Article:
my pressure in my eye is alittle high,not to the the point of Glaucoma. Does latisse affect it?Thanks,Cindy Barnum
Does Latisse Affect the Eye Pressure in Glaucoma?
Doctor Answers 7
Latisse (Bimatoprost) was originally used to treat glaucoma.
Latisse (Bimatoprost) was originally used to treat glaucoma. The increase in lash length, density and darkness was noticed as a side effect.
When used as a "cosmeceutical" drug (just to increase the lash length) as instructed on the package insert there is little or no effect in eye pressures. Latisse should be prescribed and purchased from a physician who is familiar with the possible effects of the medication. Someone with glaucoma can still probably use Latisse, but you would need to be monitored closely.
Alternatively you can ask your eye doctor if Bimatoprost could be used to treat your glaucoma and then you would get the side benefit of increased lashes while using the medication to treat your glaucoma.
Latisse and High Pressure in the Eye
Latisse is product which is essentially the same medication as used in a glaucoma eyedrop. The difference is that Latisse is applied to the eyelid, whereas the eyedrop is instilled directly to the eye. The patent for eyelash growth was actually obtained by a glaucoma specialist, Dr. Johnstone, who noted that patients taking a similar class of medications, had eyelash growth. Applying Latisse may not deliver consistent levels of medication to the eye, so one cannot count on this for treating the pressure. I would speak with your eyeMD if you have high pressure in the eye, especially if you take or are considering Latisse. First, the high pressure should be evaluated fully to determine whether you have glaucoma. Additional testing such as visual field examination and optic nerve imaging needs to be performed. Your eyeMD will be able to advise whether you should be on an ocular anti-hyptertensive or Latisse.
The Effect of Latisse on Eye Pressure
Since Latisse has the same active ingredient as Lumigan which is used to treat increased eye pressure (glaucoma), it theoretically can have the side effect of lowering the pressure in your eye. It's effect on pressure is unpredictable when properly applied to the base of your eyelashes and should certainly not be used as a medication to treat increased eye pressure.
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Apply Latisse Properly for Safe and Effective Results
Latisse is the trade name for Bimatoprost 0.03% ophthalmic solution; it is the same medication used to treat glaucoma, marketed under the name Lumigan. To treat glaucoma a single drop is instilled into each affected eye once daily. When used to treat inadequate eyelashes, a drop is placed on a sterile applicator brush which is then evenly applied along the skin of the upper eyelid margin and the base of the eyelashes. Following application, the upper eyelid margin may feel slightly damp but it should not be wet. Any excess solution on other areas of skin should be gently blotted with a tissue.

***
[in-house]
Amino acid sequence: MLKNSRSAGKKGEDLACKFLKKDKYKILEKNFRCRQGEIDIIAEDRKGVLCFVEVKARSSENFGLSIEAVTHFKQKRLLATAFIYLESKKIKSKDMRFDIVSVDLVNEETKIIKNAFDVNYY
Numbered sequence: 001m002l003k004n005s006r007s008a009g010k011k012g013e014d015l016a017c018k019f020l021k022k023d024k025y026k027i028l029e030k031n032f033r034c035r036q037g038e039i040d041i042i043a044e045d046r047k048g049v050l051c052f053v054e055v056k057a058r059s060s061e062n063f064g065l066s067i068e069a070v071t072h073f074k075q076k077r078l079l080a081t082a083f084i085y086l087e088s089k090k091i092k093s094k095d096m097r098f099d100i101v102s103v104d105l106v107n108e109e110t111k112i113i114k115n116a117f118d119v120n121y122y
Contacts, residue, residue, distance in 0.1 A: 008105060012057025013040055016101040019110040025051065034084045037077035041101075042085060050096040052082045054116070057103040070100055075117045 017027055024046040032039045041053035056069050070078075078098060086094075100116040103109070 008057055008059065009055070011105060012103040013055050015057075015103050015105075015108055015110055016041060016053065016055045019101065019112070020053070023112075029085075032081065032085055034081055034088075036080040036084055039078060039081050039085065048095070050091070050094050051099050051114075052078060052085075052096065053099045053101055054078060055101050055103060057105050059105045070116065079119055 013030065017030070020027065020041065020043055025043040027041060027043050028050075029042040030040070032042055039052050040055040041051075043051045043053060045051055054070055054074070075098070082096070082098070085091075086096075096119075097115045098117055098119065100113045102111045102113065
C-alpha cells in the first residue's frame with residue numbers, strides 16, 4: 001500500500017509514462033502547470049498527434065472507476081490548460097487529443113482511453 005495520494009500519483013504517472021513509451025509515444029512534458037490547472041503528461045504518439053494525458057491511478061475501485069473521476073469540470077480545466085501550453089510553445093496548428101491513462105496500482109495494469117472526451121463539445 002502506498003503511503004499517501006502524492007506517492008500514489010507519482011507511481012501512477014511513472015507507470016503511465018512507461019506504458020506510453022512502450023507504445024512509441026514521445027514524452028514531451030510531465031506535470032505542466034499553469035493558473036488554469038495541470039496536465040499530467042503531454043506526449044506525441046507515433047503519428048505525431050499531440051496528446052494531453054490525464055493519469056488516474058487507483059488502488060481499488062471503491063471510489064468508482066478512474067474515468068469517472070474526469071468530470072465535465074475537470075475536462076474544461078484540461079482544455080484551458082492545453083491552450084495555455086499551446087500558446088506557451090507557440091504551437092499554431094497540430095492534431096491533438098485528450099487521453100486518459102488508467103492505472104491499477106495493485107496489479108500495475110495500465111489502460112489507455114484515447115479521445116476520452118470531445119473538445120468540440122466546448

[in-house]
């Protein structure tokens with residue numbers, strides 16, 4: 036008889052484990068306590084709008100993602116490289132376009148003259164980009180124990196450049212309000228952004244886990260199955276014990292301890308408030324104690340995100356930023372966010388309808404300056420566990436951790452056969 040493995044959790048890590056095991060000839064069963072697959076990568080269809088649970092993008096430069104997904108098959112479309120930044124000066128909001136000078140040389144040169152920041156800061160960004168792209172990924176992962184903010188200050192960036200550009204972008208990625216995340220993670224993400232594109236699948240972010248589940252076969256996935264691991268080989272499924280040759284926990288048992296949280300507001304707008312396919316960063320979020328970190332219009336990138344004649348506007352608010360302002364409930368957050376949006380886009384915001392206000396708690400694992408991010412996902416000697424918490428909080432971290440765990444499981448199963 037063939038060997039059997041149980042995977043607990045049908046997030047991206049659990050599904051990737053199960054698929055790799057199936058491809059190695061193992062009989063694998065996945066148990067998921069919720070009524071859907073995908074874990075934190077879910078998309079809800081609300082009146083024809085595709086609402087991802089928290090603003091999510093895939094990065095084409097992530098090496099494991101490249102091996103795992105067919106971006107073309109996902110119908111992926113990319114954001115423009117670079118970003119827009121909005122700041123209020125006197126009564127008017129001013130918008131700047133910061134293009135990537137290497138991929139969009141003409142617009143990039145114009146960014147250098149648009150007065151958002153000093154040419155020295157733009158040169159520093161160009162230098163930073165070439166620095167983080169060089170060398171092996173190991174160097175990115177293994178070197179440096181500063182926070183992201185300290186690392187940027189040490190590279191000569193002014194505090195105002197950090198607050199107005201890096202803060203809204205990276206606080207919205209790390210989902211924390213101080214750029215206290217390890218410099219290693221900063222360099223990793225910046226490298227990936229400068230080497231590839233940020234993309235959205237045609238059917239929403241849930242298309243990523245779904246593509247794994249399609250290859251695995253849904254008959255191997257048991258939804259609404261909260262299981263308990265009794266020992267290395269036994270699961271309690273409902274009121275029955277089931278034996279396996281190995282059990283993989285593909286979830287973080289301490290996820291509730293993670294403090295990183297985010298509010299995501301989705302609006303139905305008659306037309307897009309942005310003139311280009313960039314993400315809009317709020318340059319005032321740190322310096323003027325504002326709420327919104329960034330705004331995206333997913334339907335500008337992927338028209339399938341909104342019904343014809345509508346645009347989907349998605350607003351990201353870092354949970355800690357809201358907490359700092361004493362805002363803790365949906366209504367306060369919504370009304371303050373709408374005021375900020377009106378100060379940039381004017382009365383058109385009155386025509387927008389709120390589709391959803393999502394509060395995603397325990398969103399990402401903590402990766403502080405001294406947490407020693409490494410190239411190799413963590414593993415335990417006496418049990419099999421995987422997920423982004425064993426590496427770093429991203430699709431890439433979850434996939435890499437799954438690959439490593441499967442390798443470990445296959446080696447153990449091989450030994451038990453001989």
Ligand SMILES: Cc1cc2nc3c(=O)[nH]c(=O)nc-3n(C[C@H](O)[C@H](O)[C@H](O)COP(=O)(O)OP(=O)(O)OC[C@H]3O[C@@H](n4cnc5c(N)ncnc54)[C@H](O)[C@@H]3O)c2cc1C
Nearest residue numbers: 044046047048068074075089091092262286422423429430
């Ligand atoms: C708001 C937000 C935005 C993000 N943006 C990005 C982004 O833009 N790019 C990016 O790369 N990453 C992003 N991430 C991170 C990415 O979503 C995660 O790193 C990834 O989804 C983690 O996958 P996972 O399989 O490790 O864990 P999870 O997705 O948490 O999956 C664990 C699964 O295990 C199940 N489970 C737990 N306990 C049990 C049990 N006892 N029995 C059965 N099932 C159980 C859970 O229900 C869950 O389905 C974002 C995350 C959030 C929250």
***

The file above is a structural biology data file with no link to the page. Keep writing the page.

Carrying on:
If the eyelid margin feels wet or there is excess runoff of the solution, too much solution is being applied to the applicator brush. The only way Latisse would have any significant chance of altering (lowering) intraocular pressure would be if so much was applied to the applicator brush that the solution dripped into the eye. When used properly, there is very little risk of any significant Latisse entering the eye.
Latisse gives excellent result when applied properly, and more is not better. When used in excess, Latisse may cause abnormal growth of the lower eyelashes or hair on the nearby cheek skin; and it certainly results in product waste. Using Latisse more sparingly will still provide adequate lash growth and extend the life of the dropper bottle.
Your prescribing physician should discuss the risks and benefits of Latisse, as well as the proper application techniques.
Latisse and Eye Pressure/Glaucoma
Latisse and Glaucoma
Latisse is a product applied to the eyelid margin(the skin side of the eyelid) with the intent of making the eyelashes longer, darker and thicker. While a very small amount of the product can get in the eye and create a little stinging sensation, you should not count on enough of it getting in your eye to lower your eye pressure. If that is needed then a glaucoma eye drop would be better indicated.
These answers are for educational purposes and should not be relied upon as a substitute for medical advice you may receive from your physician. If you have a medical emergency, please call 911. These answers do not constitute or initiate a patient/doctor relationship.